Sunday 25 February 2018

Clueless owners in fantasy world

James Lawton

James Lawton

Here is a football fantasy script deserving nowhere better than the cutting room floor of a Bollywood film studio.

Fire Sam Allardyce, appoint an obscure successor for his desire and motivational potential, invest somewhere around £5m and then make room for Blackburn Rovers in the elite of English football as the Premier League flagship in the vast Indian sports market.

"You can see the success of cricket in India," announces Anuradha Desai, chairperson of the Venky's poultry firm who paid out £43m for Rovers and this dream somewhat waiting to be plucked by reality. "No one had ever heard of Blackburn in India. You heard of Arsenal, of Manchester United. But already Blackburn is big news."

You could, indeed, say that, in a manner of speaking, but what kind of news? Unfortunately it is the kind increasingly familiar to bemused consumers a little nearer to home.


It is news of another football club in the hands of those who come for profit or glory, or both, but with one crippling handicap: a total failure to understand the basics of success -- an ignorance compounded by the fanciful idea that you can run a football team as you might a call centre or an oil rig or, in this latest bizarre case, a chicken coup.

You can't, of course. You can't throw out Sam Allardyce, whatever you think of his football philosophy, and install someone like Steve Kean and not anticipate a critical loss of confidence.

You can't throw away the fundamentals of the football operation and expect Kean -- the former Celtic player who has a good record as a coach and assistant, but none at all as someone in the firing line -- to seamlessly take up the running.

It is football illiteracy of the highest order, but, sadly for the health of the English club game, it is hardly restricted to the likes of Blackburn and the perennially dysfunctional Newcastle United.

The most glaring case of all is still to be found at Stamford Bridge, where the word is hardening that the crude sacking of Carlo Ancelotti's trusty assistant Ray Wilkins has left the Italian so disenchanted that his departure at the end of the season, if not before, has become inevitable.

Owner Roman Abramovich's firing of Wilkins, and elevation of the obscure scout and former Nigerian international Michael Emenalo, happened to coincide with Chelsea's astonishing implosion. Increasingly, the sense is that the fall-out from the Wilkins affair not only brought pain and embarrassment to Ancelotti, but also cast a shadow over the entire team effort.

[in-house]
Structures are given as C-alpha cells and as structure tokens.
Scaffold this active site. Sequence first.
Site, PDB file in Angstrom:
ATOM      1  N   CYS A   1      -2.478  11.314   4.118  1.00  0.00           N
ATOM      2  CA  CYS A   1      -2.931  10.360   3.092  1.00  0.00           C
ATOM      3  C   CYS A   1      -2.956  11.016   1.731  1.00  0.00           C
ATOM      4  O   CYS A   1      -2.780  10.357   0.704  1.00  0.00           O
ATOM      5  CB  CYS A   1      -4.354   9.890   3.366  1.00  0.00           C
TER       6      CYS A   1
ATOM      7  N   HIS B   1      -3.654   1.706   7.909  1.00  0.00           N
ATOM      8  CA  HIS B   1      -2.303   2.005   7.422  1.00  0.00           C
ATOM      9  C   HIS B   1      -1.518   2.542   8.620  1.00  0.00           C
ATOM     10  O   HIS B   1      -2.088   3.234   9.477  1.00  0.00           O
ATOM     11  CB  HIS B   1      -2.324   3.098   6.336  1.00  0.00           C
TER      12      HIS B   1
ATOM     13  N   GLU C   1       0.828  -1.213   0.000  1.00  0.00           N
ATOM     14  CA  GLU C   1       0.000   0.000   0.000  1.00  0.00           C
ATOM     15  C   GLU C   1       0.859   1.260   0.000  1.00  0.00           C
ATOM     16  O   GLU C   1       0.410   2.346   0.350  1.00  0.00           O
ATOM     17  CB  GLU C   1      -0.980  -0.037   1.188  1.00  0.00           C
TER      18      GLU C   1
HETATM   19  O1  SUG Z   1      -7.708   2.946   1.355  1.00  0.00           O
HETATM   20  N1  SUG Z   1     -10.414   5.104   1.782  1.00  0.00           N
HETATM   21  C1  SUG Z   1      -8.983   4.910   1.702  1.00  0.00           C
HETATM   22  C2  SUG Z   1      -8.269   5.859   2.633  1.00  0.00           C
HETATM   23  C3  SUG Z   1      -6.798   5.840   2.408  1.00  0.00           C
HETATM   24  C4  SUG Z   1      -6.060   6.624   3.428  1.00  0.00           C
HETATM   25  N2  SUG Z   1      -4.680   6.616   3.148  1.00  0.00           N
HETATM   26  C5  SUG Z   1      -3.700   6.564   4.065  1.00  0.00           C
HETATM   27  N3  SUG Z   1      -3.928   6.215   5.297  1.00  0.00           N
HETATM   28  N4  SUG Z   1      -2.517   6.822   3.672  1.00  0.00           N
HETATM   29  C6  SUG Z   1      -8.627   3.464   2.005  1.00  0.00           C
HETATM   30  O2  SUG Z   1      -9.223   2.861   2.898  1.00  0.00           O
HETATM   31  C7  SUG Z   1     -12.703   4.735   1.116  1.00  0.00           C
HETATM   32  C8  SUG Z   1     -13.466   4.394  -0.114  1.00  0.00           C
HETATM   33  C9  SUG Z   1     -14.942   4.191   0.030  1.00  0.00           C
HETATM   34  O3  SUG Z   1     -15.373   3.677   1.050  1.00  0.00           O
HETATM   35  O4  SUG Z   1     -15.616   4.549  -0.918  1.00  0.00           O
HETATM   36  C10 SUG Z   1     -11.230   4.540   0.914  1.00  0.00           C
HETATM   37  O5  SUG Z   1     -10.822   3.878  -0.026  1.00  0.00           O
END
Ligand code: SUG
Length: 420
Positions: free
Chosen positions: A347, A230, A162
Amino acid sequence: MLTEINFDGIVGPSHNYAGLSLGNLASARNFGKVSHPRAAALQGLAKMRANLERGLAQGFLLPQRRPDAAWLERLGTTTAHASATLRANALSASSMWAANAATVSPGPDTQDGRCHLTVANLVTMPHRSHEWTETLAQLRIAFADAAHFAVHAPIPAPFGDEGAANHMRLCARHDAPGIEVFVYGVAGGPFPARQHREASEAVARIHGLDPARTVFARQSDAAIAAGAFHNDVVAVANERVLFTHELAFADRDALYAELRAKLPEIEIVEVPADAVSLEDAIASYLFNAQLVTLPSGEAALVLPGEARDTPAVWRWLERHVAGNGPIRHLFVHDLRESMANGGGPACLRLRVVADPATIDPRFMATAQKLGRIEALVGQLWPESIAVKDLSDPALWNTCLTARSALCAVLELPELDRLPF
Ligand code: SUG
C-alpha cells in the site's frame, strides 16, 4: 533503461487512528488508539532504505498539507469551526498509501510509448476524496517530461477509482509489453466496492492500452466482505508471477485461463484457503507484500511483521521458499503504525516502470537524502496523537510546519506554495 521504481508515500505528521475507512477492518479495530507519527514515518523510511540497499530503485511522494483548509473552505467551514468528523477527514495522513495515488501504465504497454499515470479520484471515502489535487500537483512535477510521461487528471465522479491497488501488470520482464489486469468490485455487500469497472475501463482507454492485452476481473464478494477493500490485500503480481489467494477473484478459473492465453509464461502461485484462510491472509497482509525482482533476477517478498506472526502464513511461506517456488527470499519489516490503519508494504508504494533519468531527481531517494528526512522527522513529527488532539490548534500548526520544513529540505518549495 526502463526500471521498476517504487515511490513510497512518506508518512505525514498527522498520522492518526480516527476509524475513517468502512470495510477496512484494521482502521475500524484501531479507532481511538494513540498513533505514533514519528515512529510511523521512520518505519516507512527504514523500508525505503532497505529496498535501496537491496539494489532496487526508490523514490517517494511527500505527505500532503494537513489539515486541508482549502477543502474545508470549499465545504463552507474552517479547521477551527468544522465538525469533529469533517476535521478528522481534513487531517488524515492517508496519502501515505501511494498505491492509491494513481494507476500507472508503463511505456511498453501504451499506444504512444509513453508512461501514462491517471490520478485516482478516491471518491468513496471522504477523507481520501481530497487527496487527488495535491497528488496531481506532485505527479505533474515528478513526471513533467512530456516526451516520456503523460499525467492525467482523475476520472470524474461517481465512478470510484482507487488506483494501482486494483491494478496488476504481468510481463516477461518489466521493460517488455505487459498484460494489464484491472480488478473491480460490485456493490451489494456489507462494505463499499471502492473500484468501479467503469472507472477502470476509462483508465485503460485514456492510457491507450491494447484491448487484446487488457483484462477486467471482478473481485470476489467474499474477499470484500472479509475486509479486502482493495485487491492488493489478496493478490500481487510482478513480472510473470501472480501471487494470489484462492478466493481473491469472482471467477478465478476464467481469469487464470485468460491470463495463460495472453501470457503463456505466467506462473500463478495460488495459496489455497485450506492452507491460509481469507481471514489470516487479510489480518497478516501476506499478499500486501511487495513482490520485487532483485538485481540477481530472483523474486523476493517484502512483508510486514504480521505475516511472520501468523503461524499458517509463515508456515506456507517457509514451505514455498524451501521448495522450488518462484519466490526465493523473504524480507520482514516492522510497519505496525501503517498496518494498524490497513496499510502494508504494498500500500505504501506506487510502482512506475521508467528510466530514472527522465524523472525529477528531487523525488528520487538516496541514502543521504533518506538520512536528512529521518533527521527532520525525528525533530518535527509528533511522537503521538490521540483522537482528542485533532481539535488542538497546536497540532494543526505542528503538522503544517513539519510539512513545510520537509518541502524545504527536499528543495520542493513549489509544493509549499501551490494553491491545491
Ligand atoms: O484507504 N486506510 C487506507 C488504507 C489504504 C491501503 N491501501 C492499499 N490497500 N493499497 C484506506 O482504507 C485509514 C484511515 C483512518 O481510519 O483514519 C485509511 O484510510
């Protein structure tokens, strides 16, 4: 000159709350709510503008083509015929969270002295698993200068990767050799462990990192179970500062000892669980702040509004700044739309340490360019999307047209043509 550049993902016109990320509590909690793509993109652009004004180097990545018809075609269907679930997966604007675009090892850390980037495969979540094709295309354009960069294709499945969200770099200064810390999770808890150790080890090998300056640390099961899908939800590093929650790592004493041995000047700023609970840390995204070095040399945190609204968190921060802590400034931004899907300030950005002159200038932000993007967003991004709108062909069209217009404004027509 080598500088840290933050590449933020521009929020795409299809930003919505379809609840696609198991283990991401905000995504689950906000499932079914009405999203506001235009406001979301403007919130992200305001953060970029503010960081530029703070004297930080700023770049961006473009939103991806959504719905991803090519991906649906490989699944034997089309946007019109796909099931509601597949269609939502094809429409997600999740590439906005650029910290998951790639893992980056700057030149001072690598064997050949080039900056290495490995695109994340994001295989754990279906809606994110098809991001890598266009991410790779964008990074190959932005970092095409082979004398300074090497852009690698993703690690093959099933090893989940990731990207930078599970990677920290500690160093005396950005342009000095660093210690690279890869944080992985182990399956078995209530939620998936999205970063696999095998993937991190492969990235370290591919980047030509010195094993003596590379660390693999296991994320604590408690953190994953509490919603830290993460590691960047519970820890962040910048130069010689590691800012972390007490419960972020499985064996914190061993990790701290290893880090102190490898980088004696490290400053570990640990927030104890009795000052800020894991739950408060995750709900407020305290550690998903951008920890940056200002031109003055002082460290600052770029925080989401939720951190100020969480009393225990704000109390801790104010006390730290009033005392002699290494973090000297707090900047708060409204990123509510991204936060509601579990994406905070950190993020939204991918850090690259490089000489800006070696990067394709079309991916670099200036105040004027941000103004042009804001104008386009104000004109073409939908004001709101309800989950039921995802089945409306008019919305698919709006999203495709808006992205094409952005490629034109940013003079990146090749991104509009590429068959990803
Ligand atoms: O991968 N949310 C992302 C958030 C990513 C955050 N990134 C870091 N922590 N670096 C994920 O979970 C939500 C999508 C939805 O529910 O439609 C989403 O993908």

The shock of Abramovich's intervention over Wilkins, who according to one theory earned the oligarch's displeasure by suggesting that no amount of success in any other business equipped you to truly understand the mysteries and the truths of the football life, was that it had seemed that Ancelotti had finally strode beyond the days when a Chelsea manager was obliged to keep his ear cocked for the mood, and the whims, of the executive suite.

Ancelotti was, to all appearances, a master football man in charge of everything before him. He suffered the blow of defeat by Jose Mourinho's Internazionale in last season's Champions League with a resigned shrug of the shoulders and the resolve that his new team would grow stronger. He picked up Chelsea and coaxed them to a superb climax to the season.

"In football," said the Italian, "you can't always know what is around the next corner. It is normal to have days when things don't go so well. The secret is to learn from such days and not to make too much of a drama out of them."

What he didn't have in mind, it is clear now, is the usurping of a football man's right to have who he wants sitting next to him on the touchline bench.

A winning club is shaped not in the boardroom, but in the manager's office, and the vanities of an Abramovich, or an Anuradha Desai, are the necessary first victims of any serious surge forward.

For the latter, the reality is that if she did not like the style of Big Sam and his long-ball game, it was something to think, at least for a little, rather than say, and still less act upon. When you throw out an Allardyce you also jettison a whole way of thinking; a creation, right or wrong, of his making.

You make a football team piece by piece, but always under the leadership of a man who has proved that he knows what he is doing. First Mourinho, then Ancelotti proved this at Chelsea, but it didn't mean so much in the eyes of the man who owned the playpen and thought he knew best.

Nor did the achievement of Allardyce, his unlovely football and all, in rooting Blackburn in mid-league on slender resources register at all when the chicken people decided to flex their wings.

No one will win any prizes for guessing how quickly these particular birds will be obliged to sharpen their understanding of football -- or fly home to roost.

Irish Independent

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